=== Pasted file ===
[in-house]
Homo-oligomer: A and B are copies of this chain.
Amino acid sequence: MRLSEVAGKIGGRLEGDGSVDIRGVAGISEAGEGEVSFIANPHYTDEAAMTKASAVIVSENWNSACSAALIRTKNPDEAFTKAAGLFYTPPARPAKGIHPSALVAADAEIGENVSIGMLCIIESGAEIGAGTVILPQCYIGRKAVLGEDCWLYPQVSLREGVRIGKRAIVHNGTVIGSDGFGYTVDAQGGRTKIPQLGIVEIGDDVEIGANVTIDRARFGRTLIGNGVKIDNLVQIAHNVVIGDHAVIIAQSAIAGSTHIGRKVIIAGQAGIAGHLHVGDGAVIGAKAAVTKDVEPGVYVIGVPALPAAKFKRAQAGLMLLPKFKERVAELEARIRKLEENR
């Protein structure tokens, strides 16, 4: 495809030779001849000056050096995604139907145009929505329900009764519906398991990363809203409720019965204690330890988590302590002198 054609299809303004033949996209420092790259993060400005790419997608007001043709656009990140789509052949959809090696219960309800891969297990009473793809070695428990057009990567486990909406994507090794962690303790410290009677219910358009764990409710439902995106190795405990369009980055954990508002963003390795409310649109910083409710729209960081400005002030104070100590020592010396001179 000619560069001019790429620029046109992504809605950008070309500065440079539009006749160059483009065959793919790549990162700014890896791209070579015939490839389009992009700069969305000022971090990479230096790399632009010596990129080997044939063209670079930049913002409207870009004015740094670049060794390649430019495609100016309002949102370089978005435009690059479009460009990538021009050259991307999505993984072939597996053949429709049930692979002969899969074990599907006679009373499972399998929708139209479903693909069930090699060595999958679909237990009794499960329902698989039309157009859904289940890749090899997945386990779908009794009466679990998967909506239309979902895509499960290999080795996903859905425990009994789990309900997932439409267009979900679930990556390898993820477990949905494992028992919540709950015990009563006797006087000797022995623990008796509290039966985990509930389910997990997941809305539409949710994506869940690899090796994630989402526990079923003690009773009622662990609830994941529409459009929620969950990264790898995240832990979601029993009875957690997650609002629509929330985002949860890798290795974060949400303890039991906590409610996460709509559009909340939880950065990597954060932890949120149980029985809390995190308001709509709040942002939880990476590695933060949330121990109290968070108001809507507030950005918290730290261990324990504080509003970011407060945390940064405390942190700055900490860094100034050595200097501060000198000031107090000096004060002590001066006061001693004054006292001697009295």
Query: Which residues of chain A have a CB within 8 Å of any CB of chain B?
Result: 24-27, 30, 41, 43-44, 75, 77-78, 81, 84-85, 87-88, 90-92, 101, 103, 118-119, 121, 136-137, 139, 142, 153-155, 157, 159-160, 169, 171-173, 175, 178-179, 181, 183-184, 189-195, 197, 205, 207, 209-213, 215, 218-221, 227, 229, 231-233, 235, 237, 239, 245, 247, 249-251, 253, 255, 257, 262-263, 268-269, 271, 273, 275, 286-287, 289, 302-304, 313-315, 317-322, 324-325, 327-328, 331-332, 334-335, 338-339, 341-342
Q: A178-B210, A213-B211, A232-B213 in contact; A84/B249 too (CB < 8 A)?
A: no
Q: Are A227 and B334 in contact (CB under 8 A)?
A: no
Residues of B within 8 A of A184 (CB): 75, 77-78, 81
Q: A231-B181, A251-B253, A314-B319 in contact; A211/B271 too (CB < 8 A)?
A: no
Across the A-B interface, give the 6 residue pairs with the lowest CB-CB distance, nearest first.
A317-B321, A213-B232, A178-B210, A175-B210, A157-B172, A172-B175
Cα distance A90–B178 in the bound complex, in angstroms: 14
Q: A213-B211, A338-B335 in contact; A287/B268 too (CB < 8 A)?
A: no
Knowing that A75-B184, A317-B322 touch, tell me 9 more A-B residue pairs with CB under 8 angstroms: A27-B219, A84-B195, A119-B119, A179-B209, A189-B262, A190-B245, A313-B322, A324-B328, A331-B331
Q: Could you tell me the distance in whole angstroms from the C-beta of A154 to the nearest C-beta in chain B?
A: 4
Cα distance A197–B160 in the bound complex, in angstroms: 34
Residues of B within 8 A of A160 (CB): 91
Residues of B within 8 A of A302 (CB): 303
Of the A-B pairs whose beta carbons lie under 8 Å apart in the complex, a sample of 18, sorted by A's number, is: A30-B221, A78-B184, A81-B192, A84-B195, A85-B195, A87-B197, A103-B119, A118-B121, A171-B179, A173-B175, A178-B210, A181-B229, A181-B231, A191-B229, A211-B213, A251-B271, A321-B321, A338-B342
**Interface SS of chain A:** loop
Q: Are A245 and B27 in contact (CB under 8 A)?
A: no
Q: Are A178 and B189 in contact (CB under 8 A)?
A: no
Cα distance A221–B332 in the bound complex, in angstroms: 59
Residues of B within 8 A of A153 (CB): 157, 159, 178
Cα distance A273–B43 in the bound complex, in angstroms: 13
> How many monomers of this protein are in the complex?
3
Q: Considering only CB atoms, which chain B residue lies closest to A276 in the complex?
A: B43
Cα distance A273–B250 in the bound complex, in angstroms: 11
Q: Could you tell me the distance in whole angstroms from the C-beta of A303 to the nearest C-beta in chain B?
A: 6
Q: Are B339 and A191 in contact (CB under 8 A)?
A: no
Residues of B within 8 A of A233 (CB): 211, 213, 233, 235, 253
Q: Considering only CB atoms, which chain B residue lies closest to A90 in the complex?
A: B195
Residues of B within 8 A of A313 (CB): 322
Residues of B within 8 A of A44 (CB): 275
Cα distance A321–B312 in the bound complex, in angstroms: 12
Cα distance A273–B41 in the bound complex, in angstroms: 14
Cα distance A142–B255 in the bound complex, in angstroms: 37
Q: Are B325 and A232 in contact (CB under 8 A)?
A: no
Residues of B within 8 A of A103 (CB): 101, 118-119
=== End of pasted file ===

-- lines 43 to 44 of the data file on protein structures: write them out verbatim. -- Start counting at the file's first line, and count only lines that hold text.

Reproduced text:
Residues of B within 8 A of A233 (CB): 211, 213, 233, 235, 253
Q: Considering only CB atoms, which chain B residue lies closest to A90 in the complex?